Background-Mineralocorticoid receptor antagonists reduce morbidity and mortality in patients with heart failure but can cause hyperkalemia, which contributes to reduced use of these drugs. Hypokalemia also leads to worse outcomes in patients with heart failure and may be attenuated by mineralocorticoid receptor antagonists. Methods and Results-We assessed incidence and predictors of hyperkalemia (potassium ≥5.5 mmol/L) and hypokalemia (potassium <3.5 mmol/L) and the relationship to outcomes in 1663 patients with class III or IV heart failure and left ventricular ejection fraction <35% randomized to treatment with spironolactone 25 mg or placebo in the Randomized Aldactone Evaluation Study (RALES) trial. All-cause mortality rates and the influence of potassium levels on the effectiveness of spironolactone were assessed in a landmark analysis and in relation to time-varying potassium levels. After 1 month, mean potassium levels increased in the spironolactone group but not in the placebo group (4.54±0.49 versus 4.28±0.50 mmol/L; P<0.001) and remained elevated during the trial. Although the extremes of hypokalemia and hyperkalemia at 4 weeks were associated with increased risk of mortality in both treatment arms, participants in the spironolactone arm had lower mortality rates at all potassium levels throughout the duration of the trial. The treatment benefit of spironolactone was maintained at least until potassium exceeded 5.5 mmol/L. Conclusions-With appropriate surveillance of potassium and creatinine, the use of spironolactone was associated with less hypokalemia and improved survival in patients with severe heart failure even in the setting of moderate hyperkalemia.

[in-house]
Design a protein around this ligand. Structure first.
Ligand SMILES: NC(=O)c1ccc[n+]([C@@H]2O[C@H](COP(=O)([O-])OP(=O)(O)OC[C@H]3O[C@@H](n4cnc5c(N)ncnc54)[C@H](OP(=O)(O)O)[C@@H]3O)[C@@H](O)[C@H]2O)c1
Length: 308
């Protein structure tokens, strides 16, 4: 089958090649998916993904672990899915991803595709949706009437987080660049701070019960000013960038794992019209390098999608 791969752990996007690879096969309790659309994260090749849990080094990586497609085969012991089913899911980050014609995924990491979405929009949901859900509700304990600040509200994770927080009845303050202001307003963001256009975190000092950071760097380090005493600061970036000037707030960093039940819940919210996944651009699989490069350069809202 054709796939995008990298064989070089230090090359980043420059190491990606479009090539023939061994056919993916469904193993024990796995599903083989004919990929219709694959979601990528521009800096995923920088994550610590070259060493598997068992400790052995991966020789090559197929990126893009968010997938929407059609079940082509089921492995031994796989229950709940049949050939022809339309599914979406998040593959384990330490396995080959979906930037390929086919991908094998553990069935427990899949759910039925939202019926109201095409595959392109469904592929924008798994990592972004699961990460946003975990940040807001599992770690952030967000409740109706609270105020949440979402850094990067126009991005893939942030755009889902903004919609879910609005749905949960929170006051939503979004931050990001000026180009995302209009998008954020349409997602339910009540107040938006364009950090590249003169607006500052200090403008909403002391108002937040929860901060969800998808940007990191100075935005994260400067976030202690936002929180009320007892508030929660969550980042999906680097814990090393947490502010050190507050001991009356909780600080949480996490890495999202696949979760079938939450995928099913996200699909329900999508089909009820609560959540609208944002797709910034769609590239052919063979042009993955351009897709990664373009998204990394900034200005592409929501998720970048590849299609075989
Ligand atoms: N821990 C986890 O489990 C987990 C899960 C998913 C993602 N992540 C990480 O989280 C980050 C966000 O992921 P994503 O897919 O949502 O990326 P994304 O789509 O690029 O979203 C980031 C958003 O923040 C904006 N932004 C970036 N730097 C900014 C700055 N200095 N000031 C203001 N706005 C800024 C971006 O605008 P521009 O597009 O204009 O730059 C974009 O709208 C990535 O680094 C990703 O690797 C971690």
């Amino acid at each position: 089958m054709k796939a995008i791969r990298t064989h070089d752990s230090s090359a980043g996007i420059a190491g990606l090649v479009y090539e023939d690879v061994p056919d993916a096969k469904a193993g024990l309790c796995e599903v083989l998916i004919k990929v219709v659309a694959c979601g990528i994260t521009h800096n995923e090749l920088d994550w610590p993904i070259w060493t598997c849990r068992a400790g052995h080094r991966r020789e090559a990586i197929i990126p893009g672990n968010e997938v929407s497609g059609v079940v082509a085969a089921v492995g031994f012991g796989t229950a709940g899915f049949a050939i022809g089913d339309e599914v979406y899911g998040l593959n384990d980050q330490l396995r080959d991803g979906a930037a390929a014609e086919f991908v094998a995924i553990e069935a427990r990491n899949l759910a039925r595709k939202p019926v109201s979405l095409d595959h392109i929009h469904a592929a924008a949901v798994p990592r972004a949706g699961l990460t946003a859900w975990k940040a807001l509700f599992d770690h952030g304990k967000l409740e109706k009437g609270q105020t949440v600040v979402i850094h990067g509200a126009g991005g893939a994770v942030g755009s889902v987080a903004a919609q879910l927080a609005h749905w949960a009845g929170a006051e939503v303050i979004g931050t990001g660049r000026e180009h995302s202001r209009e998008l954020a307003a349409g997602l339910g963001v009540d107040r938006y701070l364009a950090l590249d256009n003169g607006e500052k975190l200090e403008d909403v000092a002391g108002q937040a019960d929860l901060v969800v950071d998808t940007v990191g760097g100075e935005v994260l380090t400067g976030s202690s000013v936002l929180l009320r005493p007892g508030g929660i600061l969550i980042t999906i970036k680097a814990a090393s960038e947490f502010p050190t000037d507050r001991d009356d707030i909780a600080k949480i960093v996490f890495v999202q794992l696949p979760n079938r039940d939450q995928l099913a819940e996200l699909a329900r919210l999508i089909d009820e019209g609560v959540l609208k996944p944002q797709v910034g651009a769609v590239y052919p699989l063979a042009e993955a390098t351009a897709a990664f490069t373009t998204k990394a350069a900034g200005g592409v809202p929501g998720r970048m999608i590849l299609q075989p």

|Original language||English (US)|
|Number of pages||7|
|Journal||Circulation: Heart Failure|
|State||Published - Jul 1 2014|
Bibliographical notePublisher Copyright:
© 2014 American Heart Association, Inc.
- Heart failure